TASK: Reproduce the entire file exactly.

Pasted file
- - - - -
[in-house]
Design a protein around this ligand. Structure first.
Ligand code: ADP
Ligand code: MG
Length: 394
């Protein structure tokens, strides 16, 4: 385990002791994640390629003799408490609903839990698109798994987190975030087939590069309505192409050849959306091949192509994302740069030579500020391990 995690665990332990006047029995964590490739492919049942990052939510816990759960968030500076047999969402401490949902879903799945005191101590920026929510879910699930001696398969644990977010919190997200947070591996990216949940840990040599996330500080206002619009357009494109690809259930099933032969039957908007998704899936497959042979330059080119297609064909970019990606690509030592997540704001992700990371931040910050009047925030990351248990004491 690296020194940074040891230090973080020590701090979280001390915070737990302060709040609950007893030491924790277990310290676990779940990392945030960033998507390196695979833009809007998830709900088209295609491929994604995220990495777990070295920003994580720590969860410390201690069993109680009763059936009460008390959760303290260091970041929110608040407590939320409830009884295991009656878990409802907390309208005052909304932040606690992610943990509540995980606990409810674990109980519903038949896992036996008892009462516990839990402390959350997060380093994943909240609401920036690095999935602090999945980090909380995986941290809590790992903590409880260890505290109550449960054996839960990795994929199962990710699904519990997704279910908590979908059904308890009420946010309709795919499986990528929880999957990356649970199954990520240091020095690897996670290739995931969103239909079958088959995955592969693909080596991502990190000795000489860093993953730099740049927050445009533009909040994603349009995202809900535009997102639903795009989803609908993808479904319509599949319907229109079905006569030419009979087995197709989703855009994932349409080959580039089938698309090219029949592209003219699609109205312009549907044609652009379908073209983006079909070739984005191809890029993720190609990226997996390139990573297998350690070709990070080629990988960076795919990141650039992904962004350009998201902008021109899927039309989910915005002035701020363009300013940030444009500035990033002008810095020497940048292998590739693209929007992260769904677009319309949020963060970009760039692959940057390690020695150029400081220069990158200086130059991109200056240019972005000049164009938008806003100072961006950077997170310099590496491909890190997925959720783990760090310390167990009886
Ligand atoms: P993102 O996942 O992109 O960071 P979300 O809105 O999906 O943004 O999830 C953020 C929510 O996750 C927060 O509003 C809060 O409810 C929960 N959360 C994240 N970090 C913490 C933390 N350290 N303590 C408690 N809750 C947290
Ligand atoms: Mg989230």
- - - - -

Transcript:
[in-house]
Design a protein around this ligand. Structure first.
Ligand code: ADP
Ligand code: MG
Length: 394
């Protein structure tokens, strides 16, 4: 385990002791994640390629003799408490609903839990698109798994987190975030087939590069309505192409050849959306091949192509994302740069030579500020391990 995690665990332990006047029995964590490739492919049942990052939510816990759960968030500076047999969402401490949902879903799945005191101590920026929510879910699930001696398969644990977010919190997200947070591996990216949940840990040599996330500080206002619009357009494109690809259930099933032969039957908007998704899936497959042979330059080119297609064909970019990606690509030592997540704001992700990371931040910050009047925030990351248990004491 690296020194940074040891230090973080020590701090979280001390915070737990302060709040609950007893030491924790277990310290676990779940990392945030960033998507390196695979833009809007998830709900088209295609491929994604995220990495777990070295920003994580720590969860410390201690069993109680009763059936009460008390959760303290260091970041929110608040407590939320409830009884295991009656878990409802907390309208005052909304932040606690992610943990509540995980606990409810674990109980519903038949896992036996008892009462516990839990402390959350997060380093994943909240609401920036690095999935602090999945980090909380995986941290809590790992903590409880260890505290109550449960054996839960990795994929199962990710699904519990997704279910908590979908059904308890009420946010309709795919499986990528929880999957990356649970199954990520240091020095690897996670290739995931969103239909079958088959995955592969693909080596991502990190000795000489860093993953730099740049927050445009533009909040994603349009995202809900535009997102639903795009989803609908993808479904319509599949319907229109079905006569030419009979087995197709989703855009994932349409080959580039089938698309090219029949592209003219699609109205312009549907044609652009379908073209983006079909070739984005191809890029993720190609990226997996390139990573297998350690070709990070080629990988960076795919990141650039992904962004350009998201902008021109899927039309989910915005002035701020363009300013940030444009500035990033002008810095020497940048292998590739693209929007992260769904677009319309949020963060970009760039692959940057390690020695150029400081220069990158200086130059991109200056240019972005000049164009938008806003100072961006950077997170310099590496491909890190997925959720783990760090310390167990009886
Ligand atoms: P993102 O996942 O992109 O960071 P979300 O809105 O999906 O943004 O999830 C953020 C929510 O996750 C927060 O509003 C809060 O409810 C929960 N959360 C994240 N970090 C913490 C933390 N350290 N303590 C408690 N809750 C947290
Ligand atoms: Mg989230």